A middle-aged man driving a Swift fell asleep in his car in the middle of the road, leading to a massive traffic jam. The man, who had stopped at a traffic light in Laxmi Nagar, fell asleep in car while the other cars lined up behind his. People got out of their cars to see why the Swift was not moving. One of the commuters then woke him up. The driver later apologised, claiming that he had taken a sleeping pill before heading home from the night shift. “I did not know that the pill would have such a quick effect. I am very sorry. I am just sleepy,” he was heard telling commuters.
Misled by appearance
This week, a police officer slapped a doctor who was playing cricket near the emergency unit of a government hospital during his free time. The officer mistook the doctor for a miscreant. Even after the doctor produced his identity card, the officer refused to believe he was a doctor because “he was not wearing formal clothes and looked very young”. The next day, with doctors threatening to go on strike over the incident, the medical superintendent of the hospital had to plead with the officer to apologise to the concerned doctor. Members of the police post at the hospital are learnt to have requested hospital authorities to issue directions for a “basic dress code” for doctors, and give them directions for “maintaining decorum” lest the same mistake happens again.
Man on mission
Senior Advocate HS Phoolka, the counsel for the victims of the 1984 anti-Sikh riots, is now contesting Lok Sabha elections from Ludhiana on an AAP Ticket. The lawyer specially flew down to the capital to attend a High Court hearing this week, and said he had made the effort to “quash the rumour” that he had withdrawn from the Sikh riots cases. “My mission in life hasn’t changed after entering politics,” the lawyer said.
Joining the herd
Members of the Mahila Congress on Tuesday marched to Subramanian Swamy’s house in South Delhi in protest against his “derogatory” statements regarding Priyanka Gandhi. While the front row of protesters were Congress workers, those at the back were people from neighbouring villages. Asked why they were at the protest, an elderly woman said she was there because she wanted a house. Another lady pointed out that she had not been able to vote in the recently held parliamentary elections and that is why she was protesting. They were also clueless about whose house they were being led to. Nevertheless, the women raised slogans against Swamy holding Congress flags.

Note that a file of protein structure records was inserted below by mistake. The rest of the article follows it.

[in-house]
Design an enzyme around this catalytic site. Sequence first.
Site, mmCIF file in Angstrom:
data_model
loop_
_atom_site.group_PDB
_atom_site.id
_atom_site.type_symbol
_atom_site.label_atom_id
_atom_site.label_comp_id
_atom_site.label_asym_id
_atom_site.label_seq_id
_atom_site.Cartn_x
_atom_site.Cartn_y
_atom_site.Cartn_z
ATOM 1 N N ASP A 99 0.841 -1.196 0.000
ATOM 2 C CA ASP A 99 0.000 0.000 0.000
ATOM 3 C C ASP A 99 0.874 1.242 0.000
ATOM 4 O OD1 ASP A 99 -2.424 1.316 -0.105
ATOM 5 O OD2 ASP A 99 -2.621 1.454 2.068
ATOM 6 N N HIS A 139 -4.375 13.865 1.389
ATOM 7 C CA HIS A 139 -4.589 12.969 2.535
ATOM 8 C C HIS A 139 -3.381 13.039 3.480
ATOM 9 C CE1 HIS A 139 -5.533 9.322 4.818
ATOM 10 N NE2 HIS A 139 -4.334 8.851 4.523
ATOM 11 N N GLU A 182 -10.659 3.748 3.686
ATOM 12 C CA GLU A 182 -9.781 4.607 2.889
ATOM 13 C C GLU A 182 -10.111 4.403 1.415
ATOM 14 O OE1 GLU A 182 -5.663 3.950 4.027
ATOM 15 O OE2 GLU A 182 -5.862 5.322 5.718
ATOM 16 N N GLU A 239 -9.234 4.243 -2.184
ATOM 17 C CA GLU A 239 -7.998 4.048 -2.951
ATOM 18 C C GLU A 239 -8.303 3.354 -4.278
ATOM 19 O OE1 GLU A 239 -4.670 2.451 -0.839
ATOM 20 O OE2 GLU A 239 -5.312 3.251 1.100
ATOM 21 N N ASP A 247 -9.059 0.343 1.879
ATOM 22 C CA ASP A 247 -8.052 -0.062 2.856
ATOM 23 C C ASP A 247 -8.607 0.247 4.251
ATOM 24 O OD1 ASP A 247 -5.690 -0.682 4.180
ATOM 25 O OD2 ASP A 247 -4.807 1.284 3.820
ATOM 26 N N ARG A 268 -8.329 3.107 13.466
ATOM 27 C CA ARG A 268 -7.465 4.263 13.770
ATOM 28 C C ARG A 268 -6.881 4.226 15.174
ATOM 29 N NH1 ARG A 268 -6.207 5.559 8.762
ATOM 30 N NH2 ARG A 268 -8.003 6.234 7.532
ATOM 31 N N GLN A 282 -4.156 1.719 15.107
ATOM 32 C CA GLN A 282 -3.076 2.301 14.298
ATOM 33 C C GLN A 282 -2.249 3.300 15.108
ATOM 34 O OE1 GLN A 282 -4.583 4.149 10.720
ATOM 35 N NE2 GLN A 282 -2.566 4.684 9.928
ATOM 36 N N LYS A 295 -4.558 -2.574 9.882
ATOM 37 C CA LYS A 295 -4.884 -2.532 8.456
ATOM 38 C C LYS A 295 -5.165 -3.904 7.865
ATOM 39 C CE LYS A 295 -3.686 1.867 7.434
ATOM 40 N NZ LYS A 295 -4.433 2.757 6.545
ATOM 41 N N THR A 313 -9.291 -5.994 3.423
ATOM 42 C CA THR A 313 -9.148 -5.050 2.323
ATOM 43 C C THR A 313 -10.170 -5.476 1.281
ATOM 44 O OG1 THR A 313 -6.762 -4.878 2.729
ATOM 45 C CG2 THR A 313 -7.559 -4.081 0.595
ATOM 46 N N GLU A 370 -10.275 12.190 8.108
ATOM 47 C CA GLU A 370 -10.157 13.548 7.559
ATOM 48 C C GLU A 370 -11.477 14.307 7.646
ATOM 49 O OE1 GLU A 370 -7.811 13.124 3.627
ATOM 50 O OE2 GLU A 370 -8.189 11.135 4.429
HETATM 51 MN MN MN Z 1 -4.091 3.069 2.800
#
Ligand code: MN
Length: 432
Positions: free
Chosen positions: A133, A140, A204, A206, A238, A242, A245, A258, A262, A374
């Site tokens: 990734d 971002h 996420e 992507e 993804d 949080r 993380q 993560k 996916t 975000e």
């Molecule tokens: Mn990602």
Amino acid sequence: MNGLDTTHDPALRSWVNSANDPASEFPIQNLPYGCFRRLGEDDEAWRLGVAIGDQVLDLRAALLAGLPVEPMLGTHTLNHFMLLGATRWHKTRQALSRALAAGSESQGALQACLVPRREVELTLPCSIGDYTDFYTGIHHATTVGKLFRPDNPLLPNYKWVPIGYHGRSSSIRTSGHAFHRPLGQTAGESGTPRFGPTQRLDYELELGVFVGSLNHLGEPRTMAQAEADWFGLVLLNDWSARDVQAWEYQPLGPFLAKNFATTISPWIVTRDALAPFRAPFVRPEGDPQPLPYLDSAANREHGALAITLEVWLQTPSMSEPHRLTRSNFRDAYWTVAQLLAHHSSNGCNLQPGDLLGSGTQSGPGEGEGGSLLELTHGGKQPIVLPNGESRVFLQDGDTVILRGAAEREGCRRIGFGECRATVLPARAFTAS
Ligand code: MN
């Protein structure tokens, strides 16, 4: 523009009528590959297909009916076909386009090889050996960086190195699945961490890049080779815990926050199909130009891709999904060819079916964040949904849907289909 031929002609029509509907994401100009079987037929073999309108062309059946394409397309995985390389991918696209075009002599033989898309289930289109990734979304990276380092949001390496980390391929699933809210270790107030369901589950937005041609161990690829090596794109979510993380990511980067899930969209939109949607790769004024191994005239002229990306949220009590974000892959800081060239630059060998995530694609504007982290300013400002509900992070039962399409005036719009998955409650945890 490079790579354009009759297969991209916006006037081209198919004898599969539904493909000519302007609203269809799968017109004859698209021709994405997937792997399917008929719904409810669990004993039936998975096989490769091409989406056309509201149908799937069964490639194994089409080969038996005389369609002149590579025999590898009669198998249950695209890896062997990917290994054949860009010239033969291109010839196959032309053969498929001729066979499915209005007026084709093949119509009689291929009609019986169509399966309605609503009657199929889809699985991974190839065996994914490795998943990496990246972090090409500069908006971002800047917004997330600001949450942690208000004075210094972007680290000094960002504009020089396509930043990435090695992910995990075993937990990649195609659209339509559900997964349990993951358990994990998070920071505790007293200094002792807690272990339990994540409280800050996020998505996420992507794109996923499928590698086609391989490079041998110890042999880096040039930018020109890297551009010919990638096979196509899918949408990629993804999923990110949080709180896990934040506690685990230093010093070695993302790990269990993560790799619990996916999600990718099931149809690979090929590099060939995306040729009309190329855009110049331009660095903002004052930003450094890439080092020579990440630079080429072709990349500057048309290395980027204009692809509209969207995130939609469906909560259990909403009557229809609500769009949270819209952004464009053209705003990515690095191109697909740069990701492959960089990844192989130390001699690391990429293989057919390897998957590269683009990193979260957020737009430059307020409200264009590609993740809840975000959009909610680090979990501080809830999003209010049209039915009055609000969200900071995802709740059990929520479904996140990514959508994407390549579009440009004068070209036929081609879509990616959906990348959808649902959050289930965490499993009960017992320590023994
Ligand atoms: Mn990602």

After receiving complaints that a number of schools in Greater Noida were forcing children to buy stationery and other items from the school at prices far higher than market rates, the Gautam Buddh Nagar administration decided to raid the schools on Friday. However, officials found that the knee-jerk decision was actually a gross miscalculation. The surprise raids had to be abandoned as the administration found schools premises closed for Good Friday. Finally, it was decided that the raids — now no longer a surprise — could only be conducted on Monday
Not fire proof
A fire in Noida’s Sector 18 on Friday left the Gautam Buddh Nagar department red-faced. The department had been observing the National Fire Prevention Week (April 14 to April 20), but Friday’s fire led to scrutiny within the department and a number of areas in the district were found to be “critically dangerous”. The fire department has now received orders from the top brass in the state to focus on measures to make the city better equipped to deal with such fires.
Time to rest
The Congress seemed to be fairly de-motivated after polling in Delhi came to an end. While party members agreed that a rest was much needed, others felt the time to rest was about to begin. “We don’t think Congress will do well in Delhi. Honestly, we’d be surprised if even one seat goes to the Congress. The time to rest is only beginning and will continue for at least another five years,” a senior leader said.
So thin have the resources of the Aam Aadmi Party been stretched, that its army of spokespersons in Delhi are nowhere to be seen. Doubling up as “senior party leaders from Delhi” in different parts of the country, where candidates are fighting to make a dent, very few now remain in the capital. Things seem to come to a head this week after several journalists called spokespersons to get the party’s stand on a Supreme Court’s order. The court had observed that there was no legal impediment to the L-G wanting to dissolve the Delhi Assembly. Now, most of the AAP spokespersons were out of Delhi. Finally, the party’s stand on the issue came from party members who were in Varanasi.
With no government in place, and most of the bureaucrats clueless about their placement after new government in Delhi takes over, many have planned their holidays during this period. Whenever any official is approached for details on the work done by their respective departments, they had the same response — now that the elections are over, they will scrutinise what projects need to be completed. And with last Friday being a public holiday, many have clubbed their offs and taken an extended weekend.
The Delhi Development Authority (DDA) has issued a public notice against fraudulent job offers. According to the notice, some “unscrupulous elements are issuing forged appointment letters for various posts such as those of malis and peons”. “Appropriate measures such as registering of FIRs have already been taken up,” the notice states.